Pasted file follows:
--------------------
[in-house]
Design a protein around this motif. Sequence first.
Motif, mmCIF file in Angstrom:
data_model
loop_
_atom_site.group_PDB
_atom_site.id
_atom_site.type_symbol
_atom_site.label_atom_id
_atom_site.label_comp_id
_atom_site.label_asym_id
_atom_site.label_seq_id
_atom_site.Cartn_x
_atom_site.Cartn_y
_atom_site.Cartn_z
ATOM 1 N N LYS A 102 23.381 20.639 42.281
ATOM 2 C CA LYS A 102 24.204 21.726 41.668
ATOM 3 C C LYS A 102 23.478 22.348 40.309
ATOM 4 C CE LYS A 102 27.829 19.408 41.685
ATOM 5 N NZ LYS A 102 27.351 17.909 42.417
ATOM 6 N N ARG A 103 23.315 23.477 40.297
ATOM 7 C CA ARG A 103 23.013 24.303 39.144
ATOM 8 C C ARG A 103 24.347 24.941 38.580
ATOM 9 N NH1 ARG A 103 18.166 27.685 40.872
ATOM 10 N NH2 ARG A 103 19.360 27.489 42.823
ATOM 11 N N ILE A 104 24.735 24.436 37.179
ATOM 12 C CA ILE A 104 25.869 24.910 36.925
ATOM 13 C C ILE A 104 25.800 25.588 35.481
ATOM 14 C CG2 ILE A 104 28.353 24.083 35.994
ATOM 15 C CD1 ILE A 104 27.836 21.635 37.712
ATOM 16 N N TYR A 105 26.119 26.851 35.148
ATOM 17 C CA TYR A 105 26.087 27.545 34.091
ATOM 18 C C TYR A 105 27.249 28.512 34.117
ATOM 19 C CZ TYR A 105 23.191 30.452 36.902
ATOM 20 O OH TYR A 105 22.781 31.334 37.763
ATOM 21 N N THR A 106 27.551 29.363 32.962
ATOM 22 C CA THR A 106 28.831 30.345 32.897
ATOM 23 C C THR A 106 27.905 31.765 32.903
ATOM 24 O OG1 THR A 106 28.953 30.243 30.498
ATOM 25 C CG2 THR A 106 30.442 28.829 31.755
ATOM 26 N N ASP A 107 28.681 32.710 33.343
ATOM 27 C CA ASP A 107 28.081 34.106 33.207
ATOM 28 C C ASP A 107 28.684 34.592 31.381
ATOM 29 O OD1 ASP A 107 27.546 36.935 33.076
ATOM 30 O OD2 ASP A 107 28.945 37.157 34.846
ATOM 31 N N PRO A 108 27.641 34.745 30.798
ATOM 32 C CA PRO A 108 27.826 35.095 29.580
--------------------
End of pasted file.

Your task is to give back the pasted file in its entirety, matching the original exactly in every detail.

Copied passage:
[in-house]
Design a protein around this motif. Sequence first.
Motif, mmCIF file in Angstrom:
data_model
loop_
_atom_site.group_PDB
_atom_site.id
_atom_site.type_symbol
_atom_site.label_atom_id
_atom_site.label_comp_id
_atom_site.label_asym_id
_atom_site.label_seq_id
_atom_site.Cartn_x
_atom_site.Cartn_y
_atom_site.Cartn_z
ATOM 1 N N LYS A 102 23.381 20.639 42.281
ATOM 2 C CA LYS A 102 24.204 21.726 41.668
ATOM 3 C C LYS A 102 23.478 22.348 40.309
ATOM 4 C CE LYS A 102 27.829 19.408 41.685
ATOM 5 N NZ LYS A 102 27.351 17.909 42.417
ATOM 6 N N ARG A 103 23.315 23.477 40.297
ATOM 7 C CA ARG A 103 23.013 24.303 39.144
ATOM 8 C C ARG A 103 24.347 24.941 38.580
ATOM 9 N NH1 ARG A 103 18.166 27.685 40.872
ATOM 10 N NH2 ARG A 103 19.360 27.489 42.823
ATOM 11 N N ILE A 104 24.735 24.436 37.179
ATOM 12 C CA ILE A 104 25.869 24.910 36.925
ATOM 13 C C ILE A 104 25.800 25.588 35.481
ATOM 14 C CG2 ILE A 104 28.353 24.083 35.994
ATOM 15 C CD1 ILE A 104 27.836 21.635 37.712
ATOM 16 N N TYR A 105 26.119 26.851 35.148
ATOM 17 C CA TYR A 105 26.087 27.545 34.091
ATOM 18 C C TYR A 105 27.249 28.512 34.117
ATOM 19 C CZ TYR A 105 23.191 30.452 36.902
ATOM 20 O OH TYR A 105 22.781 31.334 37.763
ATOM 21 N N THR A 106 27.551 29.363 32.962
ATOM 22 C CA THR A 106 28.831 30.345 32.897
ATOM 23 C C THR A 106 27.905 31.765 32.903
ATOM 24 O OG1 THR A 106 28.953 30.243 30.498
ATOM 25 C CG2 THR A 106 30.442 28.829 31.755
ATOM 26 N N ASP A 107 28.681 32.710 33.343
ATOM 27 C CA ASP A 107 28.081 34.106 33.207
ATOM 28 C C ASP A 107 28.684 34.592 31.381
ATOM 29 O OD1 ASP A 107 27.546 36.935 33.076
ATOM 30 O OD2 ASP A 107 28.945 37.157 34.846
ATOM 31 N N PRO A 108 27.641 34.745 30.798
ATOM 32 C CA PRO A 108 27.826 35.095 29.580